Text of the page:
• The film was breezy and fun, despite its problems, much in the way the first installment was. Despite the film's need to feel like they needed to set things up for subsequent films – ignoring what was important in this film – I really enjoyed what I saw. Sam Rockwell, Mickey Rourke, and of course, Robert Downey Jr. are worth the price of admission. The action is satisfying as it happens – if altogether forgettable by the end of the night – and the interactions between the characters is exactly what I expected to get going into the film.
  • Sure Iron Man 2 isn't as satisfying as the original – it's more of an appetizer it seems for a bigger third entry – and I've already forgotten a lot about the film, but as a Friday night entertainment I think the film delivers in spades. It's exactly what I expected it to be, because like my attitude going into the original, I had no expectations at all, and just let the charm of the actors wash over me and usher me through the problematic script that does its best to disinterest its viewers after the film's extremely entertaining opening 40 minutes.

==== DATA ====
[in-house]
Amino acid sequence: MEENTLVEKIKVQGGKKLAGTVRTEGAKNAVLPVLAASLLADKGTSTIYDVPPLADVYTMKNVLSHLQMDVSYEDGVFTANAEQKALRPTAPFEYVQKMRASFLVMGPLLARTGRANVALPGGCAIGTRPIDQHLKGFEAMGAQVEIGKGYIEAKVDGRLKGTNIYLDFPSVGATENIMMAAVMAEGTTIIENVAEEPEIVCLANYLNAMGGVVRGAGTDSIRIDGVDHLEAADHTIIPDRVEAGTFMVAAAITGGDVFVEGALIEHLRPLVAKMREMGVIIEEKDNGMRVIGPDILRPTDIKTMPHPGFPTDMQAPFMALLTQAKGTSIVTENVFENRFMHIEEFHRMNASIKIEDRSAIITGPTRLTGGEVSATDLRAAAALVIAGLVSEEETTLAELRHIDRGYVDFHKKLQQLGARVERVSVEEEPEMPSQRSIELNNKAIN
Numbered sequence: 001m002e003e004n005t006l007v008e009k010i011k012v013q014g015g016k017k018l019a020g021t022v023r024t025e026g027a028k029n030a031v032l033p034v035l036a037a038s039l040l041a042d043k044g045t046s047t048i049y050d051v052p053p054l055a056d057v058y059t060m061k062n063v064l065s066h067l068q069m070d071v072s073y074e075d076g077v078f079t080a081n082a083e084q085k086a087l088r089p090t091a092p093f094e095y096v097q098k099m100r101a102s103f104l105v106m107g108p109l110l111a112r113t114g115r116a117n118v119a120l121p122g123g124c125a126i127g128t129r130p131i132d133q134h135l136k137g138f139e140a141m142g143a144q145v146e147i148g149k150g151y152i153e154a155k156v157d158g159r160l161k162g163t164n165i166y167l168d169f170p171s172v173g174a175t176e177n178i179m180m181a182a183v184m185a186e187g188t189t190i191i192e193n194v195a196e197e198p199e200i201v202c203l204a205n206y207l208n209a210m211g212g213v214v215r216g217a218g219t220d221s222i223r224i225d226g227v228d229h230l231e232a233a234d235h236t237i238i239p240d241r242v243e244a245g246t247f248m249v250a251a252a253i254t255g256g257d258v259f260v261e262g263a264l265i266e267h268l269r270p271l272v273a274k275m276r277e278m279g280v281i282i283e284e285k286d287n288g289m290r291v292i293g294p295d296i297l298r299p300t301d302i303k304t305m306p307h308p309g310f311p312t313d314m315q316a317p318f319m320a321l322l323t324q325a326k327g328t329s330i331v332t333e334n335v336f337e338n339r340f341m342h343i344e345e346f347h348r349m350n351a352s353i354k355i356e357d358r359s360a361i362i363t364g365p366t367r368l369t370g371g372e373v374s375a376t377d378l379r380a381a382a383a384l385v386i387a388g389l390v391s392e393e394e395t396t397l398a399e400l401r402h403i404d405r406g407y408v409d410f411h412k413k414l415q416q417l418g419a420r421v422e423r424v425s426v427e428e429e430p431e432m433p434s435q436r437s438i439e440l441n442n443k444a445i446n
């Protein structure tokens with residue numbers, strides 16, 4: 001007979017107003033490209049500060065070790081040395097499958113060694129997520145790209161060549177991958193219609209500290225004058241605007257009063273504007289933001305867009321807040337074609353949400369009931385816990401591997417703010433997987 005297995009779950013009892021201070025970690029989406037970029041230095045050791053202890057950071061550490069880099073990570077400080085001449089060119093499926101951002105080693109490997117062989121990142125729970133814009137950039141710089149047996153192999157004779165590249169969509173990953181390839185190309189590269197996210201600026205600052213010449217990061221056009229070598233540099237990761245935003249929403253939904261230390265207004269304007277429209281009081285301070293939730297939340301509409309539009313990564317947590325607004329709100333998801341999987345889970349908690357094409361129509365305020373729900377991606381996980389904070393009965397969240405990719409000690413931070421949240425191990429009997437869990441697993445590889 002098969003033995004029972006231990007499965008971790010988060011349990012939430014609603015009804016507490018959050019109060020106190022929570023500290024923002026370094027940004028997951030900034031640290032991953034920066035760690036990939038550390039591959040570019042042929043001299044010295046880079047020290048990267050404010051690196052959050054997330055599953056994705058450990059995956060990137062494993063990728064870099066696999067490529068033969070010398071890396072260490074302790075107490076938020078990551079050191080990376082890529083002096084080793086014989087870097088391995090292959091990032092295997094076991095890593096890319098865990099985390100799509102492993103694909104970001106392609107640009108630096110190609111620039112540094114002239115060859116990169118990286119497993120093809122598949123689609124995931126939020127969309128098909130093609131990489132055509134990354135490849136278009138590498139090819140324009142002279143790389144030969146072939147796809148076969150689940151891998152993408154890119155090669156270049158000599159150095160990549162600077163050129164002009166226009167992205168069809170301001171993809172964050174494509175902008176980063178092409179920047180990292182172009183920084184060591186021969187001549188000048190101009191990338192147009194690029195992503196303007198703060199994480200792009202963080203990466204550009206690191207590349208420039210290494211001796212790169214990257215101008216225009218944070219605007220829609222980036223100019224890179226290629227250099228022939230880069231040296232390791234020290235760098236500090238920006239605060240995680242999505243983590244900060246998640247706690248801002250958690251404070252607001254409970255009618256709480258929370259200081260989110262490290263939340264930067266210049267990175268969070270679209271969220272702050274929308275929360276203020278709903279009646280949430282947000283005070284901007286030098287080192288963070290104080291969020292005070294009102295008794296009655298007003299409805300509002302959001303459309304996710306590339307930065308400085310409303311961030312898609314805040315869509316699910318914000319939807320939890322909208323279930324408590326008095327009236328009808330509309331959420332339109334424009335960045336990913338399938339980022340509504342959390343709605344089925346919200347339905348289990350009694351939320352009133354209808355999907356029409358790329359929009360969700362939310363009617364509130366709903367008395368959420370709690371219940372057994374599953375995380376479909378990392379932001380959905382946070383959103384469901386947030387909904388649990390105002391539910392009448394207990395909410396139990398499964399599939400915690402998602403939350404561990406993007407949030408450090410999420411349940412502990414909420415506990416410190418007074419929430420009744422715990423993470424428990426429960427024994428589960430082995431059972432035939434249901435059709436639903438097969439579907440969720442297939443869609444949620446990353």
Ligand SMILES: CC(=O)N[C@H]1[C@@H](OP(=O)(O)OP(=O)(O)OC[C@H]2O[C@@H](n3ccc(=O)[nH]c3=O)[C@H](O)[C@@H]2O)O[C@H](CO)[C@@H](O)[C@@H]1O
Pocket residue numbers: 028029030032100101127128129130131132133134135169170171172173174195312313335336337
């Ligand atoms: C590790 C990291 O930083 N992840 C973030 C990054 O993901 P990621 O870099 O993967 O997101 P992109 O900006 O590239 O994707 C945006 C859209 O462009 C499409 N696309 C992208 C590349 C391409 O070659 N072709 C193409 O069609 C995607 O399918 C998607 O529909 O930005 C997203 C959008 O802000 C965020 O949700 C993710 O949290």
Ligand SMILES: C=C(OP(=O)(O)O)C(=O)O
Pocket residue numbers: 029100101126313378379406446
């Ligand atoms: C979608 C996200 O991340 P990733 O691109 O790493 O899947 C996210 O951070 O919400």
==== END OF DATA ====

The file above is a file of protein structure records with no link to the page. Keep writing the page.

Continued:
1. I had real issues with the film in almost a completely opposite way than you did. I am a comic book fan, and enjoyed the film from that "geek" aspect. But the serious cinephile in me thought the film's structure was an inexcusable mess designed to set the table for the next films in the all-encompassing Marvel franchise, THOR, CAPTAIN AMERICA, and THE AVENGERS. That's the only justification for Jackson and Johansson's unnecessary extended cameos. It was a betrayal of the fun-loving first film which eschewed that kind of thing. I mean if all of these movies are just setting the table for the next entry, when do we actually get a fully fleshed out story.

    And sidelining Mickey Rourke, one of the principal reasons most people came to see this one, was truly criminal.